Due to COVID-19, the historic house museums operated by Clemson University’s Department of Historic Properties remain closed through the Fall 2020 Semester.
The future of Clemson University is rooted in its past,born from a gift made when Thomas Green Clemson and his wife Anna Calhoun Clemson called Fort Hill their home. It was in this house that they dreamed of a high seminary of learning for South Carolina. What began as discussions between a husband and wife in this historic house has grown into one of the nation's leading public universities.
Historic Properties preserves the parts of campus that played a role in shaping our collective past. With your support, we can use our past as a bridge to the future.
The primary mission of the Department of Historic Properties is the management of Fort Hill, preserving the history of all who lived there. In addition to Fort Hill, the group maintains the Hanover House, located in the South Carolina Botanical Garden, as an historic house museum. The Historic Properties has been an advocate of campuswide historic preservation, and the director serves as a University liaison to the State Historic Preservation Office. An Historic Properties Alumni Advisory Committee (HPAC) supports the goals of the department, including preservation planning for Hopewell, family home site of General Andrew Pickens, known as the Cherry Farm house.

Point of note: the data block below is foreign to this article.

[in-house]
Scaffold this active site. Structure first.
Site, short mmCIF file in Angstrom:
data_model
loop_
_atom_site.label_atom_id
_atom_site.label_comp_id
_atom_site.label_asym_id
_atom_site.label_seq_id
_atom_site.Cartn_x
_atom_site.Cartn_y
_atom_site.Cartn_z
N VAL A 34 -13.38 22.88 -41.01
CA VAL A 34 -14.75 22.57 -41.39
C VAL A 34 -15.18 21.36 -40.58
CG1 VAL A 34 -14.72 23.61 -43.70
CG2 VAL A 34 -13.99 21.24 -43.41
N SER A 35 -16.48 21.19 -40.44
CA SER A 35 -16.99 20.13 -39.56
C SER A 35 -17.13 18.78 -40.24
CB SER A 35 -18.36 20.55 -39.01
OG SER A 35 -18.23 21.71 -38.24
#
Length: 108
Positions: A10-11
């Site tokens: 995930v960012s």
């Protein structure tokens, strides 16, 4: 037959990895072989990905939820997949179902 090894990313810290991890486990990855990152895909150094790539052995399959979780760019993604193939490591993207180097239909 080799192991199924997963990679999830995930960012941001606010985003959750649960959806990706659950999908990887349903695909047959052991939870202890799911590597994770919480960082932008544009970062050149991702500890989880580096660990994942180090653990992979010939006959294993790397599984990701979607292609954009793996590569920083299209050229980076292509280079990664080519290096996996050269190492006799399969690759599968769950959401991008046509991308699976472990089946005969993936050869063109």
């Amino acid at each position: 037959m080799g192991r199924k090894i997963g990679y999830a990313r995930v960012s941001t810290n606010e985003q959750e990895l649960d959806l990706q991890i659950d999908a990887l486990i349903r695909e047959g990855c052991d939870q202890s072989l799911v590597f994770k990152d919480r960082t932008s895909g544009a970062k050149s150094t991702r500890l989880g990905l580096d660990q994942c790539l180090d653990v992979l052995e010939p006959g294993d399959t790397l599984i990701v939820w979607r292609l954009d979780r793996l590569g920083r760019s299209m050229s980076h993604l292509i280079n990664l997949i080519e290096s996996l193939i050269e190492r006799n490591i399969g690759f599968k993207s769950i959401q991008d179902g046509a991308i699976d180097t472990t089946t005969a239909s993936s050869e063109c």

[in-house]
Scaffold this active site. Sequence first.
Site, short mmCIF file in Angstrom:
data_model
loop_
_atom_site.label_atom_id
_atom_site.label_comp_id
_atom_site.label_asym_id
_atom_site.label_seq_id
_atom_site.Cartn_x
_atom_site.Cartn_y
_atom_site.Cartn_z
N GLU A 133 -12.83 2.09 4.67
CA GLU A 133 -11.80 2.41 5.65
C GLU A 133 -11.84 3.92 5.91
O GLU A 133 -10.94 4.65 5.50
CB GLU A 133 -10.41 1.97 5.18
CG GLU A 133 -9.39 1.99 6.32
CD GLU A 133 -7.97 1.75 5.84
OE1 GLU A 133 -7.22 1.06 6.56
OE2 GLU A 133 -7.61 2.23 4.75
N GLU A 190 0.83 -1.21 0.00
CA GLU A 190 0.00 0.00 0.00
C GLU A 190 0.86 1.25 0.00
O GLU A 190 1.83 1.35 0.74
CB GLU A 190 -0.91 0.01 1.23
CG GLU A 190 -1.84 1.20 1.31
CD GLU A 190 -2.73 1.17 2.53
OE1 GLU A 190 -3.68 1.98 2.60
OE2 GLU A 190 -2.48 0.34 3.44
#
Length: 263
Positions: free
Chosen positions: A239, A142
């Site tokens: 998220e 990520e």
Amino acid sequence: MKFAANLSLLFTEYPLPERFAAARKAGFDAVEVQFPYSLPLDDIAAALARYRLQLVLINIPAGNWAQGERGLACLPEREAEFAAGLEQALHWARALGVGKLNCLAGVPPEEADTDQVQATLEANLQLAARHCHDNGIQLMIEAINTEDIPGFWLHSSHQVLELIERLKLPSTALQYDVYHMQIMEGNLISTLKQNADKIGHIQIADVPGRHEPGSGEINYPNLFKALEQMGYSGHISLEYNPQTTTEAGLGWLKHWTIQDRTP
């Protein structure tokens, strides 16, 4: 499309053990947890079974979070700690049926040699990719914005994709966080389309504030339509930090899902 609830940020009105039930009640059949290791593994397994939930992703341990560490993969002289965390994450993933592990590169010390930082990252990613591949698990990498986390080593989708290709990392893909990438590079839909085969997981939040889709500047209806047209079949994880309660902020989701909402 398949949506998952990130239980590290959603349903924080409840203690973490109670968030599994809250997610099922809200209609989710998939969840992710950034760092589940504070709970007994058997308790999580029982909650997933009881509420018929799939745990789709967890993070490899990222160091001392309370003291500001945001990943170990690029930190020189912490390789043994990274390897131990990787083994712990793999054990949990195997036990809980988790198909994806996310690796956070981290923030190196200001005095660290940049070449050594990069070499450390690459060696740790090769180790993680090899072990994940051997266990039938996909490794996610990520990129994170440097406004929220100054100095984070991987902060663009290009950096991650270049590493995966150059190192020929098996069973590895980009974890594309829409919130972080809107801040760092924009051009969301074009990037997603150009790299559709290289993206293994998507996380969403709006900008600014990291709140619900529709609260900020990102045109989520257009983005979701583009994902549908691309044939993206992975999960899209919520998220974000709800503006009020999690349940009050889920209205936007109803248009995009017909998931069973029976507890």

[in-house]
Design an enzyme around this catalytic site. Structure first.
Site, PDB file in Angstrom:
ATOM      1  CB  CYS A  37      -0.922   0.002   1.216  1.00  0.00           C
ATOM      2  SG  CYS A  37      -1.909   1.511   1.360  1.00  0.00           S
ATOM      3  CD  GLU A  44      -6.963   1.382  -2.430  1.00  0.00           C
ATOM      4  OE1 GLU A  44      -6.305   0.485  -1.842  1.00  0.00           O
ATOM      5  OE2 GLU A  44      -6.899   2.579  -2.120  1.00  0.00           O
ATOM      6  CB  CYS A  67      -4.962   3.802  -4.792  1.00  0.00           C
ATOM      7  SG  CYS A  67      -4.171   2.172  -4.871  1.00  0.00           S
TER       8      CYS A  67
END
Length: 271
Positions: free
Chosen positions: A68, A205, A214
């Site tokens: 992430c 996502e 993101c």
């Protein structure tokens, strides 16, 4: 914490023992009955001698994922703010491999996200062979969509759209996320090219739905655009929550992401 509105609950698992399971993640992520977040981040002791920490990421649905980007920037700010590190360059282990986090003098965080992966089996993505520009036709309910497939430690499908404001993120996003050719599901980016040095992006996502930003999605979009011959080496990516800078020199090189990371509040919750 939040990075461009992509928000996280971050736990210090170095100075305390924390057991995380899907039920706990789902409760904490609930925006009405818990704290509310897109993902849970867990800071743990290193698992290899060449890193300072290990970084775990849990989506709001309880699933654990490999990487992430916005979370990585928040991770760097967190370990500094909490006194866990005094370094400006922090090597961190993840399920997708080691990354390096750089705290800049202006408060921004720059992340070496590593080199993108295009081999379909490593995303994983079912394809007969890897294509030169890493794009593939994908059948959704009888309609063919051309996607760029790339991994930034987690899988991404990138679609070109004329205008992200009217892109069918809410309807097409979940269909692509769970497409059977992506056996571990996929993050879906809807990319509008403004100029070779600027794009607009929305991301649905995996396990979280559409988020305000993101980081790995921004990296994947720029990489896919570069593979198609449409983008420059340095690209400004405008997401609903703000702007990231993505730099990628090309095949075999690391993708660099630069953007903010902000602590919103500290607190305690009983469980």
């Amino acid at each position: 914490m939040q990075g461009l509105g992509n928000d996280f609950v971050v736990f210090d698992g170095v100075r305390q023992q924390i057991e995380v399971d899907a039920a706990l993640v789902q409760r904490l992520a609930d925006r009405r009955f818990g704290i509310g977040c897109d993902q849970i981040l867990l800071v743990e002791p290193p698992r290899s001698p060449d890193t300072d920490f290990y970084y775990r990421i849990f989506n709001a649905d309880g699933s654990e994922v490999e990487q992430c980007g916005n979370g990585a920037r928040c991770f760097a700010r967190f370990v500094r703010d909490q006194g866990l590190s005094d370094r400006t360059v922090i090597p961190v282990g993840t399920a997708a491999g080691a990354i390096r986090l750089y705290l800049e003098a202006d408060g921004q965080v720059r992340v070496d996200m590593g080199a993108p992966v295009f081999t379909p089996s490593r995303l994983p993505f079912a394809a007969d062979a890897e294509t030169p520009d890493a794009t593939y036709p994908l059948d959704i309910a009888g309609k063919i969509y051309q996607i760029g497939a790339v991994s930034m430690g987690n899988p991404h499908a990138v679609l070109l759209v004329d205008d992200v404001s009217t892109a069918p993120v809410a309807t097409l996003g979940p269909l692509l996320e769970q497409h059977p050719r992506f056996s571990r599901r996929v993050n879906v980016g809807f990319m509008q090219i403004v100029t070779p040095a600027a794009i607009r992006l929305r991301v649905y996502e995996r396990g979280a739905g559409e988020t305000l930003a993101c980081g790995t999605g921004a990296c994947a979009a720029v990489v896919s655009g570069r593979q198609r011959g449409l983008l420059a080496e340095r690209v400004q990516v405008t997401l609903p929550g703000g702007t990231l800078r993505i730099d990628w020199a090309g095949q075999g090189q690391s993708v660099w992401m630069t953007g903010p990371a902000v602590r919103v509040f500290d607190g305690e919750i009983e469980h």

Marie Elizabeth Venning: Tracing Her Footsteps to tell Her Story
#OTD – THOMAS G. CLEMSON, IV. DIED ON APRIL 6, 1888
FORT HILL & HANOVER HOUSE ARE CURRENTLY CLOSED TO PUBLIC